Namibia’s First Dementia Friendly Shop
The 19th July 2014 is a historic day in the history of Alzheimer’s Dementia Namibia. Well, it started back in September 2013, but was only realized now.
During my visit with Michaela Fink at the University of Giessen, I was invited to meet Verena Roth. As Verena, with Prof Reimer Gronemeyer, is involved with Dementia Deutschland, it was only logical for me to meet her.
During my meeting with Verena, I learned quite a bit, but the most important concept that I picked up was not to create ‘dementia bubbles’ for people with dementia. What this entails is not to create a modern way of caring for people with dementia somewhere that is out of sight and out of mind from our daily ‘normal’ lives. She told me about dementia friendly societies where people with dementia are still part of their normal societies.
On the plane back to Namibia I had a lot to think about as the concept grew on me.
Upon my return to Namibia, the trustees and I of ADN decided to try to find one village or town in Namibia that would be willing to transform into a dementia friendly town and society. In one of the towns that we picked, a business woman suggested that we needed to transform the businesses into dementia friendly business as this would in turn create a dementia friendly town.
Since then I have visited six towns with ADN’s awareness outreach ‘program’ to help ordinary people understand people with dementia, the sickness and its effects on society as whole. At the end of my presentation, I always present a challenge to the attending people to transform their town into a dementia friendly place – a place where people with dementia can live a quality life despite having dementia.
The small coastal town of Henties Bay was the last town on my list for the first half of 2014. The majority of the people living in Henties Bay are elderly, retired white Africans. (One of the local pastors here mentioned to me that the average age of his congregation members is 75.)
As I drove to Henties Bay, there was an expectation in my heart that the people of Henties would be open to hear what I had to say. I was incredibly happy to arrive at a fully packed congregation hall. What really amazed me was the amount of younger people present – one of them the owner of Henties Bay SPAR (the biggest local super market?) Daleen Agenbach stayed behind after the meeting and asked me if I’d be willing to train her staff. She was one of many people in Namibia who had a family member with dementia and had to deal with her daily in the shop.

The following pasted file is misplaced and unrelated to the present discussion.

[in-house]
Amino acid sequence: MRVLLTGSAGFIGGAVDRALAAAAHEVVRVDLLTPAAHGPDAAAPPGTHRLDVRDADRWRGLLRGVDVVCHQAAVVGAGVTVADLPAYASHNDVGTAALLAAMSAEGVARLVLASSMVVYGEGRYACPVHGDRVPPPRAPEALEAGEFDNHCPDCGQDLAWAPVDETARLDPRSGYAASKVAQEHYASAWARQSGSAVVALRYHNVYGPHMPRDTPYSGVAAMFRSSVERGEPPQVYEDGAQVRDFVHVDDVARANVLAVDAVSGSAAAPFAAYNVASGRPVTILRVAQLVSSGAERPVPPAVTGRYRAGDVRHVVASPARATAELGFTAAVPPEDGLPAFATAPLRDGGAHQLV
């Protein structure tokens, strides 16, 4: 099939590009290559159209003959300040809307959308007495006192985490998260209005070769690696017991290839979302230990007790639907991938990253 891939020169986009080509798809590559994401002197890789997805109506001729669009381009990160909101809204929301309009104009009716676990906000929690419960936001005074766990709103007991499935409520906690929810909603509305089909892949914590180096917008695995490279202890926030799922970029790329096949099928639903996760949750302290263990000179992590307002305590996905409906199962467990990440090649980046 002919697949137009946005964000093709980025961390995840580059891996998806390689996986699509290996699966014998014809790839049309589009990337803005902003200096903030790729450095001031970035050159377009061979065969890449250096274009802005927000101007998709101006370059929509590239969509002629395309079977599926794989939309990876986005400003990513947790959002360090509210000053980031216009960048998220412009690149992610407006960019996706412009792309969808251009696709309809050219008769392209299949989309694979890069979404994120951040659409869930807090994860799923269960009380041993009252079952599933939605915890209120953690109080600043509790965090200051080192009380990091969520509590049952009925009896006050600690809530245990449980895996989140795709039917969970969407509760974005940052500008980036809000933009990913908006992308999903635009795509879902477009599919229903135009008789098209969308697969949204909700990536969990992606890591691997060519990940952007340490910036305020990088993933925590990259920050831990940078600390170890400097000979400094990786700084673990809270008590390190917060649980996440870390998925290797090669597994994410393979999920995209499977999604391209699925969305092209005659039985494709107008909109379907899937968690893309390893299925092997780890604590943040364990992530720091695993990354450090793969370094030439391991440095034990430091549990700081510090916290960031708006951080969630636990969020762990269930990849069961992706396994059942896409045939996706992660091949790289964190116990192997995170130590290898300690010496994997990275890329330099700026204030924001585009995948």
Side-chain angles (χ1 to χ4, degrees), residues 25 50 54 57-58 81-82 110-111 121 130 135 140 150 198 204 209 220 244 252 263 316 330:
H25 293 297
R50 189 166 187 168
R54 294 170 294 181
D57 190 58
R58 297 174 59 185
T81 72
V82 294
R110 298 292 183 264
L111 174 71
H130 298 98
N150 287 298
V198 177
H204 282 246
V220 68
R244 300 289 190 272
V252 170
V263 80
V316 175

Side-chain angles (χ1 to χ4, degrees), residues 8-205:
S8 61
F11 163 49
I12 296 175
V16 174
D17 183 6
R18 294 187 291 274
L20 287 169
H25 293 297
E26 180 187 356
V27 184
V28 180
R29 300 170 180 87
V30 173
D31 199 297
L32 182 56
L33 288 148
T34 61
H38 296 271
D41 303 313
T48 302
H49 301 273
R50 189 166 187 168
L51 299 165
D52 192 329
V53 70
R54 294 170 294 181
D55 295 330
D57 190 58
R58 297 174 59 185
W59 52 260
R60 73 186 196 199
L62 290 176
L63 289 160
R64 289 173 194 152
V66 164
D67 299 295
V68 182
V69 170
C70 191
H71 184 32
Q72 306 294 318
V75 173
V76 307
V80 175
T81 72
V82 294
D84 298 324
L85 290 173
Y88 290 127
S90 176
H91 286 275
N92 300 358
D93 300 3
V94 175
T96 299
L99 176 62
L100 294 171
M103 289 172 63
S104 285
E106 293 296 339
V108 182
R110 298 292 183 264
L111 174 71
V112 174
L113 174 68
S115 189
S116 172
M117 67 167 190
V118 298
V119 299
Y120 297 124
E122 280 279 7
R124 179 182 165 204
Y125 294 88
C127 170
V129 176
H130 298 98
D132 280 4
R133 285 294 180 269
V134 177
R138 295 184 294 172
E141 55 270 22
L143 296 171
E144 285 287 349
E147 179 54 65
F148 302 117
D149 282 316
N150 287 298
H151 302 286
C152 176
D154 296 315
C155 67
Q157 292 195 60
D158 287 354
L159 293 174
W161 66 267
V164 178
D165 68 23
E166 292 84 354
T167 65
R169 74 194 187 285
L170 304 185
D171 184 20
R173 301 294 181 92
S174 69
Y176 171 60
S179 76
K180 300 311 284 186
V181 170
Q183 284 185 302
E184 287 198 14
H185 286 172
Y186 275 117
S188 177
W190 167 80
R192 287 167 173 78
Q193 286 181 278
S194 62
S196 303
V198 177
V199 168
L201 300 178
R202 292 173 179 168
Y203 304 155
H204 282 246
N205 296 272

And on the 19th July I returned to Henties Bay and trained 35 SPAR staff members. Only three of the staff members with the owner, were white Africans. All the rest were black Africans – a nation riddled with superstitions and witchcraft.
As we live in Africa and witchcraft is the foundation of most African cultures, I decided to use bewitching as a synonym for dementia. Maybe it would help to make things more clear as someone who is ‘bewitched” displays the same signs (symptoms) as someone with dementia.
Henties Bay SPAR is the first business in Namibia committed to support any person with dementia that enters their shop. Hopefully the staff members, upon reco.gnizing someone with dementia in town, will be able to help and assist them, instead of being scared of them and fleeing from them. Maybe this is the start of spreading the word that people with dementia are not dangerous or bewitched.
In my training of the staff members, I have relied greatly on the following website: Dementia Friends (https://www.dementiafriends.org.uk/) as their videos on the topic is truly both inspirational and relevant.